Holiday Reads: The Miniaturist and Wide Sargasso Sea

I have just got back from a week in gorgeous and sunny Majorca, where I devoured two great books: The Miniaturist by Jessie Burton and Wide Sargasso Sea by Jean Rhys.




The Miniaturist 


It's been a long time since I've come across a book like The Miniaturist; a book that you can't put down and that you can't wait to pick back up again.
Even as an former English student who is used to having a tight reading deadline, I read this 400-odd page book abnormally fast. The book follows the protagonist, Nella Oortman in a year of her life, 1686-87. Nella is an eighteen year old girl, who moves to Amsterdam to live with her new (and considerably older) husband, Johannes Brandt. Here she comes to learn about the deceit and lies that hold the city together, with her wedding present from Johannes- a cabinet-sized replica of their home- seemingly shedding the only light onto her new world. The rare, wonderful and compelling thing about The Miniaturist is the way that it combines suspense and a great plot, with beautiful, and at times almost poetic, writing. I fell in love with this straight away-  the second sentence of the novel reads: 

'But words are water in Amsterdam, they flood your ears and set the rot, and the church's east corner is crowded' 

Burton creates a lively and energetic world which encapsulates the reader. She describes every detail of her world beautifully. The same thought and love goes into her characters; Nella and Johannes, Marin, Otto and Cornelia, and Agnes and Frans Meermann (to name a few). The only negative point I could raise about The Miniaturist was the ending. I think after 
 investing so much in the characters and the story I just expected more from the ending, and was left wanting a more apt conclusion to the story, but of course this is just subjective. That being said, I loved this book and it was a holiday read that will always mingle with the great memories of my holiday.


Wide Sargasso Sea


As a lover of Jane Eyre, which was a very early favourite classic, I was very interested in the concept of Wide Sargasso Sea. In it, Jean Rhys has attempted to penetrate the characterisation of Bertha from Jane Eyre- Mr Rochester's 'mad' first wife. In Jane Eyre, 'Bertha' spends the majority of her time locked in a room which is constantly guarded by a maid. She is characterised as unhumane, beast-like and terrifying.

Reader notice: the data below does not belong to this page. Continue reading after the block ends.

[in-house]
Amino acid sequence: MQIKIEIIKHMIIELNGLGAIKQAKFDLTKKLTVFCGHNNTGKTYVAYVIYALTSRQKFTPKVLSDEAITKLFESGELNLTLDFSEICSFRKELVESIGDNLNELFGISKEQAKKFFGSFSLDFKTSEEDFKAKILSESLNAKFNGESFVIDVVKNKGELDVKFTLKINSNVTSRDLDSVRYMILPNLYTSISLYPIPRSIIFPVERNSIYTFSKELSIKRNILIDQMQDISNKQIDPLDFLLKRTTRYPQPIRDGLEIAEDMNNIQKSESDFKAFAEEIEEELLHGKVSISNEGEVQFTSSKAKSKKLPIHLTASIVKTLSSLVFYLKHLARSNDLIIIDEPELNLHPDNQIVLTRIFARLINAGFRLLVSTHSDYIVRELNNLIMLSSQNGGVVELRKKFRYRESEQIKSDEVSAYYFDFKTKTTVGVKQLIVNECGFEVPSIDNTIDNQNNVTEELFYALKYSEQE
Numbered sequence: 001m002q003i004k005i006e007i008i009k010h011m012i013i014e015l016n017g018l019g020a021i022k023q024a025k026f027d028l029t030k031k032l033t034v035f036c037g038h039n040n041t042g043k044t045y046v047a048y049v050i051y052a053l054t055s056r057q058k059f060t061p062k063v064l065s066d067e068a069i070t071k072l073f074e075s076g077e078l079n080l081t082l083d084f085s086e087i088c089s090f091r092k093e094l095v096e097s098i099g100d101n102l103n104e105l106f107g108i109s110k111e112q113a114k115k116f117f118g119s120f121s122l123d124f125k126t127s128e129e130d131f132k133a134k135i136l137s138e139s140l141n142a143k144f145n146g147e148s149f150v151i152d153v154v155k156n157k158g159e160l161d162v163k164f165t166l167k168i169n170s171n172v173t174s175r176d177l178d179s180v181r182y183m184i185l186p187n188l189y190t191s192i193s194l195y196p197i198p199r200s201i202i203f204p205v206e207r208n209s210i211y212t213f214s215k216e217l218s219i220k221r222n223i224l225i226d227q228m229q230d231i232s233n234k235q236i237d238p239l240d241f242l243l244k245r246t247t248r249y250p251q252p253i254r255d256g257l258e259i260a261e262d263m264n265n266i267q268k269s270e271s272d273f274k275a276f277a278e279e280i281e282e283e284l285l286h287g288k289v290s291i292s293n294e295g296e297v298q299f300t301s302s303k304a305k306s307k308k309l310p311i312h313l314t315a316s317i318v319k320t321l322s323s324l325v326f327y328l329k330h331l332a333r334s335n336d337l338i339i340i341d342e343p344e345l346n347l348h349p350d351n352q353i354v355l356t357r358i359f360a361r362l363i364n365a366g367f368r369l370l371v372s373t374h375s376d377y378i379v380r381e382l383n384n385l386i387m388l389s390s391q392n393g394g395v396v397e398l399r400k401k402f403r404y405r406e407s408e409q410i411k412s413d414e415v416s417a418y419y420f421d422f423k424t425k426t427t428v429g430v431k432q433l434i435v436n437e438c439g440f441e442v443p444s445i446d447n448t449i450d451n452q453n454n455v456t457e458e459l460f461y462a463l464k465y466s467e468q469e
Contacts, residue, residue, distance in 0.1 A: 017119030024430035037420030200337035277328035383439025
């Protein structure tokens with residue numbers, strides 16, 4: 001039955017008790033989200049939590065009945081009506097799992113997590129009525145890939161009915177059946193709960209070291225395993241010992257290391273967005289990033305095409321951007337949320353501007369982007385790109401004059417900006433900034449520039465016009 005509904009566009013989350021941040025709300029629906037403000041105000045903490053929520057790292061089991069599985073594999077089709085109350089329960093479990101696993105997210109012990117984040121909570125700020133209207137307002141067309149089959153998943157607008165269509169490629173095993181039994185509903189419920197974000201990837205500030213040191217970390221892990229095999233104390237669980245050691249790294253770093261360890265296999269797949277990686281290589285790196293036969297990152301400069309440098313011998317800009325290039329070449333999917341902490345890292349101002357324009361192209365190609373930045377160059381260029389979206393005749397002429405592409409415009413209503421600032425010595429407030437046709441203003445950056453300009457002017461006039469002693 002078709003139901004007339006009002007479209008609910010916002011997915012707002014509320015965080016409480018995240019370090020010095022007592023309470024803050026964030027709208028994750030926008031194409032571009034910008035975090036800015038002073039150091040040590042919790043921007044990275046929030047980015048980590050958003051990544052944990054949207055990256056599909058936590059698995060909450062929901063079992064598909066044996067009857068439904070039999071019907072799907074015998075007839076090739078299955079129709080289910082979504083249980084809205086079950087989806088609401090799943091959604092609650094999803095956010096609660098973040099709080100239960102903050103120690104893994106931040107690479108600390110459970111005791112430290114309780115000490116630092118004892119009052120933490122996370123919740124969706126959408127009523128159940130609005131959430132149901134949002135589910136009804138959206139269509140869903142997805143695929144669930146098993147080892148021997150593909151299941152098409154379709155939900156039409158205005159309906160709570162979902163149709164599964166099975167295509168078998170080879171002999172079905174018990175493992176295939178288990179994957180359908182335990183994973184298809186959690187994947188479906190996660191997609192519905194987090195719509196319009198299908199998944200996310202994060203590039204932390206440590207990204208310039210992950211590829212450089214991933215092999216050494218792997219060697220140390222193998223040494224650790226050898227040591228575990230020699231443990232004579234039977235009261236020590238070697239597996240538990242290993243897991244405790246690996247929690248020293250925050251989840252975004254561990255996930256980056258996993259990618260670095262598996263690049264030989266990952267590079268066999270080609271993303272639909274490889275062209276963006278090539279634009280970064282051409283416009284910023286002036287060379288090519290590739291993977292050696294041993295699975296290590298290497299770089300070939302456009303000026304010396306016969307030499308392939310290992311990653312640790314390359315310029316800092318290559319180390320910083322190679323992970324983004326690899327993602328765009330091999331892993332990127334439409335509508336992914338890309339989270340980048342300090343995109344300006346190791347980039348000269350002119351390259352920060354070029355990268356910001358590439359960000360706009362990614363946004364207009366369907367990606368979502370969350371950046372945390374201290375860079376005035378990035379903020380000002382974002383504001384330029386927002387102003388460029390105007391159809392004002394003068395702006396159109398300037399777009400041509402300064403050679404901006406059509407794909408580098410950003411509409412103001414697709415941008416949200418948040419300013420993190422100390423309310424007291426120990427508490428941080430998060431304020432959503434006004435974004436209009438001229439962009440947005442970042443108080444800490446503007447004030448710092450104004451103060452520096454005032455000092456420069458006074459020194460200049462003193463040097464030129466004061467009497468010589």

Jean Rhys gives Antoinette Crosway (her 'real' name) a history, a life, and humanity. The reader feels empathy and sympathy for Antoinette, a feeling that was definitely absent in Jane Eyre. In Wide Sargasso Sea, Antoinette is born in Jamaica into an oppressive colonist society as a Creole heiress. She lives on an estate called Coulibri Estate. 

One of the main, and most interesting themes in the book is the segregation and discrimination found in the colonist society. Antoinette and her family are racially abused and their house is set on fire as a result of this divide. The theme of truth and reality is also prominent in the novel. Lies and rumours surrounding Antoinette and her family entwine with truth and reality throughout the novel, leaving a feeling of uncertainty and claustrophobia, as the layers of lies become an inescapable and unsolvable web. The uncertainty begins when Mr Rochester (who is never actually named in the novel) hears rumours that madness is hereditary in Antoinette's family, stemming from her mother. Mr Rochester marries Antoinette very swiftly after meeting her, and seemingly does it to meet some financial arrangement with his brother and father back in England. The narrative viewpoint shifts between Mr Rochester and Antoinette, giving the reader an insight into both minds. By the end of the novel I felt unsure who was mad; Mr Rochester or Antoinette. Either one, or both of them, seem to lose their grasp upon reality. 

This novel varied so much with The Miniaturistic, which was light and easy to follow. Wide Sargasso Sea was very much open ended- you could interpret it any way you wanted. I loved the concept and found it so interesting, but I definitely got more enjoyment out of The Miniaturist on holiday.